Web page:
Integrated Medicine has been referred to as a form of personalized medicine. Both put the individual at the centre of healthcare. It allows for medicine to be viewed as a philosophy, through an understanding of the patient.  This promotes the likelihood that your doctor will see you as a whole person – thoughts, feelings, mental state included – and not just another prescription to write. Integrated medicine is especially beneficial to the patient because it allows you to have a say in your treatment and be educated on the actual decisions your doctors are making. It promotes a compassionate care environment where the patient feels heard by their health provider, which ultimately helps balance the feeling of power disparities between patient and doctor.

A healthy doctor-patient relationship is a promising option for the future of healthcare. It has the ability to create a unique dialogue that could change the way doctors care for patients for the better. Personalised medicine should be seen as a movement that encompasses wider medicine and healthcare. It must be based on cohesive, tight collaboration between the patient, medical professionals, researchers, scientists and social scientists3.

 

References

  1. Rehm HL. Evolving health care through personal genomics. Nat Rev Genet. 2017;18(4):259–67. https://www.ncbi.nlm.nih.gov/pubmed/28138143
  2. Brooks AJ, Koithan MS, Lopez AM, Klatt M, Lee JK, Goldblatt E, Sandvold I, Lebensohn P. Incorporating integrative healthcare into interprofessional education: What do primary care training programs need? J Interprof Edu & Prac. 2019;14:6–12. https://www.sciencedirect.com/science/article/pii/S2405452617301635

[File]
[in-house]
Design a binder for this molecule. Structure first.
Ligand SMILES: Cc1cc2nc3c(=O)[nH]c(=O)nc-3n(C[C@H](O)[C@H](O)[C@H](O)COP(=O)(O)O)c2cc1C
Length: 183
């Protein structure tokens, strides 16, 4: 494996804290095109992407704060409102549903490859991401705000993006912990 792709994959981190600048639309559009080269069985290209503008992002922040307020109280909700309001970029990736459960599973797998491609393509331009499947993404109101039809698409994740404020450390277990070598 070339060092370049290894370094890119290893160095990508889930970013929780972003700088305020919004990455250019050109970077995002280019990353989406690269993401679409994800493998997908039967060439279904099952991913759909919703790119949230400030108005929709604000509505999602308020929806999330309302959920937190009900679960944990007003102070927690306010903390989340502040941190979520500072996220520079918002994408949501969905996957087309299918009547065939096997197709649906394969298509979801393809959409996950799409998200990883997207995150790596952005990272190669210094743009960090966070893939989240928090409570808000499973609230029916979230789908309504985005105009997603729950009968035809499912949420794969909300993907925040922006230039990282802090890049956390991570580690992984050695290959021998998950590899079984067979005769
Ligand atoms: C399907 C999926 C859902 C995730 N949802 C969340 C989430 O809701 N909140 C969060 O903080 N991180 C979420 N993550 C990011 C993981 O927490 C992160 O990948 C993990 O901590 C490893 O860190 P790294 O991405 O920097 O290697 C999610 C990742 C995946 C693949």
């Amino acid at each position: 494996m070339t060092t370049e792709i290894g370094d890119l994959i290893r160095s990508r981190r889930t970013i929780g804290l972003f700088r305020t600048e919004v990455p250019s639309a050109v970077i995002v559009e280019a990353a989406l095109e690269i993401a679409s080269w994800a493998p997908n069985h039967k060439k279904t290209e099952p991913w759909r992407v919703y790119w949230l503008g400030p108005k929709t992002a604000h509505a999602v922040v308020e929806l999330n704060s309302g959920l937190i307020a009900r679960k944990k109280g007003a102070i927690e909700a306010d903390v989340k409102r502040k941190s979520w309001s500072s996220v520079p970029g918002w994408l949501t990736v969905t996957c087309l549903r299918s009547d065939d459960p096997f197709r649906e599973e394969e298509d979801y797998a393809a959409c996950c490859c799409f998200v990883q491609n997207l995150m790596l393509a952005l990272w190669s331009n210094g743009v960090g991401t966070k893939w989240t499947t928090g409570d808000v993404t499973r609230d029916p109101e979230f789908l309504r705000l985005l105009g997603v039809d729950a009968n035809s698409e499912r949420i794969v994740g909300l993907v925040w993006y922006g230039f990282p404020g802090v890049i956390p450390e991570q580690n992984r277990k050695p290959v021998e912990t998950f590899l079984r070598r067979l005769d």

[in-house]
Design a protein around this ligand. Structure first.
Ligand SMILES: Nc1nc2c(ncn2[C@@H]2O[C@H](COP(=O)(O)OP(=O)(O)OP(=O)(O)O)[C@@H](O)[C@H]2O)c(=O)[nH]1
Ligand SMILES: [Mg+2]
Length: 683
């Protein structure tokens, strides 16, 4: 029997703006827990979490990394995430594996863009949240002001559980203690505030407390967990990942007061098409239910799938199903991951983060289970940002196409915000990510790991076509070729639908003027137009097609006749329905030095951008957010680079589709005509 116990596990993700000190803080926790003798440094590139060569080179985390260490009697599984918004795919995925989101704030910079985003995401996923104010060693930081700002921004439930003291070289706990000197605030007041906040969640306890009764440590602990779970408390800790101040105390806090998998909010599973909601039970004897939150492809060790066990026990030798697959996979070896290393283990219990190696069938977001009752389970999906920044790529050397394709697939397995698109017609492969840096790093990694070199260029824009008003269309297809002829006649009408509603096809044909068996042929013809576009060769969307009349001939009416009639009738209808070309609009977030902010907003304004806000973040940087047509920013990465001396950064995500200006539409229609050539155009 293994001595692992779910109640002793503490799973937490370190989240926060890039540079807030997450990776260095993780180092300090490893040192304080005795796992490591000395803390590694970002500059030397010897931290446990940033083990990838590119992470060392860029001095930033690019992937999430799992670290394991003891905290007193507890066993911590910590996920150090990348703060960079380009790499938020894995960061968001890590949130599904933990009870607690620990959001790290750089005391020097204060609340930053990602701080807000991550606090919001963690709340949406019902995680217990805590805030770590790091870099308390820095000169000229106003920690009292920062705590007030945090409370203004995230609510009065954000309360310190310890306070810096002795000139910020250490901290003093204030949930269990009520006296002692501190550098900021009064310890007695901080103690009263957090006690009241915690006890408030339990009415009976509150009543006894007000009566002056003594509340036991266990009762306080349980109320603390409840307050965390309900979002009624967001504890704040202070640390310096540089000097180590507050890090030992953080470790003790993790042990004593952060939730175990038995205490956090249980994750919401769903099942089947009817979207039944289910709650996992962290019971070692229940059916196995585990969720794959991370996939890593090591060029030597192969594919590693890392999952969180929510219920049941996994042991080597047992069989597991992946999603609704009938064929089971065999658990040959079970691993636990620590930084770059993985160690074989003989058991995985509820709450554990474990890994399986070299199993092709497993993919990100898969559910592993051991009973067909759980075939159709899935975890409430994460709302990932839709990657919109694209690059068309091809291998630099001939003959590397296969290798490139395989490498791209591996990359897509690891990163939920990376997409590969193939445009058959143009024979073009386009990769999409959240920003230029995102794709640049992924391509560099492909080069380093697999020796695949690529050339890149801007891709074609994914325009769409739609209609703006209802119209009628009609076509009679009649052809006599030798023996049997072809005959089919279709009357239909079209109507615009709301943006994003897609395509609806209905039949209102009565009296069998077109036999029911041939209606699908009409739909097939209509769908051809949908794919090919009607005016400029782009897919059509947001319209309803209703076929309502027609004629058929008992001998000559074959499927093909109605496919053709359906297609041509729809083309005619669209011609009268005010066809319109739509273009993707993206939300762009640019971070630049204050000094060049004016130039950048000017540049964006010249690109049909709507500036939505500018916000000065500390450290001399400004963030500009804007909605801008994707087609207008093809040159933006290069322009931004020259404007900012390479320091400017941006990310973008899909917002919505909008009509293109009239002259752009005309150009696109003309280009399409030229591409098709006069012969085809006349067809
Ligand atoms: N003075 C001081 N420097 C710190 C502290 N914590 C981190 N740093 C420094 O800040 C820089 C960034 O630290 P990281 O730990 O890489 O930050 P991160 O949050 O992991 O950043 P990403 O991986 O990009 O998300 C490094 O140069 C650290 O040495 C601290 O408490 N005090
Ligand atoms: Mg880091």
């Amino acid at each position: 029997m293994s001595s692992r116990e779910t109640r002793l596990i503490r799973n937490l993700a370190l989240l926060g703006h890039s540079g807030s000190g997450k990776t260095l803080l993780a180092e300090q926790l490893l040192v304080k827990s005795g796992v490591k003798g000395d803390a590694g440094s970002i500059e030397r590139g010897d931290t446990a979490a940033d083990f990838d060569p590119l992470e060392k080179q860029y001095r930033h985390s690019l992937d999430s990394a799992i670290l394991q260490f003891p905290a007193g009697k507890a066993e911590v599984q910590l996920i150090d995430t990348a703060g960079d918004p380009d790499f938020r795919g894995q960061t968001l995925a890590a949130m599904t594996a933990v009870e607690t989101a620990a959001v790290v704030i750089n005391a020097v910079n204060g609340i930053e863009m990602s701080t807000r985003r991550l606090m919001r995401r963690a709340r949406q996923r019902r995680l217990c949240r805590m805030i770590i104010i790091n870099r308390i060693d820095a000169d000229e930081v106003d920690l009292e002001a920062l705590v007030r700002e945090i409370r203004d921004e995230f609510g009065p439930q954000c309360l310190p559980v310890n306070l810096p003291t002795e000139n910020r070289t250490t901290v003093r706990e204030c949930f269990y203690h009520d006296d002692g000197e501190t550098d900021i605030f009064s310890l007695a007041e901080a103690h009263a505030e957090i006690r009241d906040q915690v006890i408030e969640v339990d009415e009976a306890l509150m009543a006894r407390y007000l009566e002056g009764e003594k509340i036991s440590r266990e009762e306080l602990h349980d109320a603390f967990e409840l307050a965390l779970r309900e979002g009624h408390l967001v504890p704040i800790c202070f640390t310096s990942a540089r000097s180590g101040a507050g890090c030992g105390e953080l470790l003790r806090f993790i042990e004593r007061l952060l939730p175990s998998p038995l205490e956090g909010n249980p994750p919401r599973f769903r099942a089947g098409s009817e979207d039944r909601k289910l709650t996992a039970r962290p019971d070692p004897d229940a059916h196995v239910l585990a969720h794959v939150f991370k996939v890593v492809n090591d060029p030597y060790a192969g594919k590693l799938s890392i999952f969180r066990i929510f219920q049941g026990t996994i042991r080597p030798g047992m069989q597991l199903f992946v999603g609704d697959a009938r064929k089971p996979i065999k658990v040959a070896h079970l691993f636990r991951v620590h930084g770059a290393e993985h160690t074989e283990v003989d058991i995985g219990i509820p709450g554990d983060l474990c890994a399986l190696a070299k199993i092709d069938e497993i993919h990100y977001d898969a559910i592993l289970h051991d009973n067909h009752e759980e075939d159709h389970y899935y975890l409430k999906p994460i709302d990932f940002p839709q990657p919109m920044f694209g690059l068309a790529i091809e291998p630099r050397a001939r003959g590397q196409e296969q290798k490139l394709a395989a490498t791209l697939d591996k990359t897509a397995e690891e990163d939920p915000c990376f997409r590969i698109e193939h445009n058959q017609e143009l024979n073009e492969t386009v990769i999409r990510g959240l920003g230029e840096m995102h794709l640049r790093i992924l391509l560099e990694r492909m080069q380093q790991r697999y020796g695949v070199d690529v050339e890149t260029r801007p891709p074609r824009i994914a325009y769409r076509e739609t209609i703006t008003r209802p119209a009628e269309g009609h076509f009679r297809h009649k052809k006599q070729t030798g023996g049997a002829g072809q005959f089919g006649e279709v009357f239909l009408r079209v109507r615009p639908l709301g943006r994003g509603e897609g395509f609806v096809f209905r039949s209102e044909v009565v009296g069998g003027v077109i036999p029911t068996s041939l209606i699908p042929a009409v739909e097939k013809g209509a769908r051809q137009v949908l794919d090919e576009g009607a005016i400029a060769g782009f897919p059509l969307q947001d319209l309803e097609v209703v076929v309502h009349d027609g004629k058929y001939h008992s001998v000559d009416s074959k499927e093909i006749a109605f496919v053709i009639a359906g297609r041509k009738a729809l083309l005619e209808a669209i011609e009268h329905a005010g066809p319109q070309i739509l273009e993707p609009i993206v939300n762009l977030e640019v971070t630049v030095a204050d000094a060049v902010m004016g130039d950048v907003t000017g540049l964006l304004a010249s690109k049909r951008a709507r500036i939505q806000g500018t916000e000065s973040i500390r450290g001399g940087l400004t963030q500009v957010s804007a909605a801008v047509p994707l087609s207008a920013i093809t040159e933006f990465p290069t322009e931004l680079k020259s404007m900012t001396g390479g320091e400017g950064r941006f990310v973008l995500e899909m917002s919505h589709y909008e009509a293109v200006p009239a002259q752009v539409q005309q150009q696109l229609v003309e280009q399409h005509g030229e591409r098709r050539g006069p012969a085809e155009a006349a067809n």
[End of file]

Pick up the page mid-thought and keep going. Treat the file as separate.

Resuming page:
3. Pavelić, K. , Martinović, T. and Kraljević Pavelić, S. (2015), Do we understand the personalized medicine paradigm?. EMBO rep. 2015; 16: 133-136. doi:10.15252/embr.201439609

Have you recently felt struggling to organize your thoughts? Do you often forget to complete important tasks at work? Our thoughts and emotions are dictated by the brain. Memory is the most important factor to succeed in life. Our memory power and concentration go hand in hand; we think clearly when our brain is in its most optimum state of health. Any form of unbalance in brain functions leads to poor concentration, clouded thinking, and confusion. 

Acupuncture to Optimize Brain Power

Acupuncture is a traditional Chinese medicinal therapy that has been around for more than 3000 years. It consists of inserting tiny, thin needles into specific points of a body to stimulate and balance the flow of Qi energy, enhance circulation and release useful hormonal and substances in our body.

Disposable sterile needles are used through gentle insertion at specific body points. More than 400+ points are known. Also referred to as “Acupuncture points”, they lie on 14 major pathways known as “meridians”. Each meridian links to individual body systems, including internal organs. Disruption to this flow is seen as blockages or sluggish Qi flow. Qi encompasses spiritual, physical, and emotional energy. Acupuncture acts by unblocking or stimulating these pathways to facilitate these functions.